West Oak Lane: A Change in Holiday

John Jones clears his throat and leans into a small microphone.

“B 61,” he calls out. Everyone’s eyes in the room are glued to their bingo boards in hope that their board will hold a winning combination.

John Jones, or Jay Jay, is always dedicated to his aunt on Christmas.

It’s a busy afternoon at the West Oak Lane Senior Center. The upstairs banquet-style room is full of eager bingo players while music flows upstairs from the basement. The volume is louder than might be expected for a senior citizen’s center.

Thelma Taylor walks down the main hallway talking a mile a minute all while still bundled up from the brisk winter wind.

“Yeah, I live here,” she says, referring to West Oak Lane.

Sharlene Waller, director of the center, is quick to chime in.

“No one lives here. This isn’t a nursing home and this isn’t a care facility. Everyone is very active,” Waller says, all while keeping a serious face but maintaining her warm eyes.

Taylor is a longtime resident of West Oak Lane. She recalls working alongside State Rep. Dwight Evans with his initiative to bring trees and flowers to the Ogontz Avenue corridor

Some of Thelma Taylor's Christmas decorations for the West Oak Lane Senior Center.

“Everyone knows about my decorating expertise,” Taylor says as she fluffs up the collar of her fuchsia sweater.

She just returned from the senior center located at Broad and Lombard streets, where she was decorating for Christmas. During the holidays, Taylor takes charge and volunteers to decorate at the Center City location and at the West Oak Lane Senior Center.

Each year Taylor decorates the basement area of the West Oak Lane location where there are three pool tables, a handful of card tables set up, an open area for dancing and a sewing room. The center will even host holiday jazz concert.

Taylor laughs at the idea of men enjoying decorations and says, “These men – they love the decorations.”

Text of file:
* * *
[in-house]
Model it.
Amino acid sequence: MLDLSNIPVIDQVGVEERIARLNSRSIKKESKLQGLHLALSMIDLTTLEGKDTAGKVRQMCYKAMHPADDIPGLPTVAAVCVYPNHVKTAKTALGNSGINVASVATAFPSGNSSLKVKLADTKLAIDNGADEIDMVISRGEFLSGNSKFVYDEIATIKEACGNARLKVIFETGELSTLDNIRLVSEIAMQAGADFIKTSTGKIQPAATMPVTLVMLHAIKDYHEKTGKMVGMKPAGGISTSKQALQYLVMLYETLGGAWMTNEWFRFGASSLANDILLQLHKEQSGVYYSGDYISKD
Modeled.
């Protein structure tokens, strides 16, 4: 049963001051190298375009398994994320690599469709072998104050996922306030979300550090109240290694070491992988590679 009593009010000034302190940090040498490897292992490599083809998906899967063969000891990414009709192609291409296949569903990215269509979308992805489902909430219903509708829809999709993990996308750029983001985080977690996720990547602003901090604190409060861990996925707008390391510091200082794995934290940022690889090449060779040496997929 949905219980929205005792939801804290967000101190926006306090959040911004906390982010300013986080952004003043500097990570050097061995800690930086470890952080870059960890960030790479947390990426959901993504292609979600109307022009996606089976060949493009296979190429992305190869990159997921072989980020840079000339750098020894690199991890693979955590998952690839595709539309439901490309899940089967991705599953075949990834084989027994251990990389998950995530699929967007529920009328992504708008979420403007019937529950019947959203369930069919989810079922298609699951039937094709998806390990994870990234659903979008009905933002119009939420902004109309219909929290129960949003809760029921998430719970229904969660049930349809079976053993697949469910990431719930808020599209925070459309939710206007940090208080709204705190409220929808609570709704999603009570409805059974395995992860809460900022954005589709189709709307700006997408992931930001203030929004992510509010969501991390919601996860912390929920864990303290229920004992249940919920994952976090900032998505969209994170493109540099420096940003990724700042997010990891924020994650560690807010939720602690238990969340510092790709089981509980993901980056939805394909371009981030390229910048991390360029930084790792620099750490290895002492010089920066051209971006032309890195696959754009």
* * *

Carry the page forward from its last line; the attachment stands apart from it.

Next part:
She admits that while someone else will hang the Christmas garland around on the main level of the center, she usually ends up stepping in to exert her expertise.

“I got to be moving. I am not going to sit at home and just watching TV. I only live two blocks away. I go to a lot of different senior centers in the city, but this one [West Oak Lane] is my favorite,” says Taylor. “ I can come here and be with my friends. And, of course, Sharlene is such a sweetheart!

The holiday season stresses the importance of spending time with family, but for some Christmas family gatherings are a thing of the past. Most of the men and women at the center have children and grandchildren that are grown and live in other parts of the country, which makes traveling more difficult.

Taylor recalls the Christmases of her childhood and how different things are today. Growing up in a household with nine kids the holidays were more about family rather than what kind of gift was left for you under the tree.

“We weren’t wealthy, I don’t think you could even say we were comfortable. We were just getting by. We had a roof over our head, clothes and food on the table,” Taylor says. “Christmas was about everybody getting together, eating and dancing. Whatever gift we got we appreciated it.”

Samuel Williams Jr. talks about growing up believing in Santa.

Samuel Williams Jr., a man who seemingly hides behind his shaded glasses, opens up about the shifting Christmas culture.

“Oh it’s changed. But, according to me? It’s never changed,” he admits.

“Kids used to ask Santa for gifts, my grand kids just say ‘grand pop, buy me this’ so I guess I am still Santa in a way,” Williams Jr. says with a laugh that is trying to cover up the disappointment in his voice. “I used to pick what bills not to pay the week before Christmas so that I could get my kids’ Christmas presents. Whatever they wanted was usually affordable, unlike what kids want now.”

Williams Jr.’s family will be gathering in North Carolina for Christmas this year, but he will not be joining them.

“I’ll send some money along with the kid’s grandma so that I can still be Santa, but I won’t be going,” he says without offering more reason of why he doesn’t want to go.

While Taylor and Williams Jr. are OK with celebrating Christmas solo, Jones, who everyone calls Jay Jay, has a duty to report back to his aunt on Christmas.

“My mom passed away when I was 12. There were nine kids total and my aunt took all of us kids, she wouldn’t have us separated,” says Jones. “Everyone grew up and did their own thing, but when it comes Christmas time we have to report back to our aunt.”

As plans for Christmas vary, Taylor, Williams Jr. and Jones all agree that they are happy to be alive for the holiday season.

Even if Taylor and Williams Jr. are not able to spend the holidays with their family, they both have a chosen family at the West Oak Lane Senior Center.


  1. I am scheduled to have a membership interview on March 09th…hope to see you then…..Richard

  2. holidays and xmas is not the same if you don’t get gifts and celebrate with family. i always look forward to this holiday because it is the one chance in year that i have my family with me!

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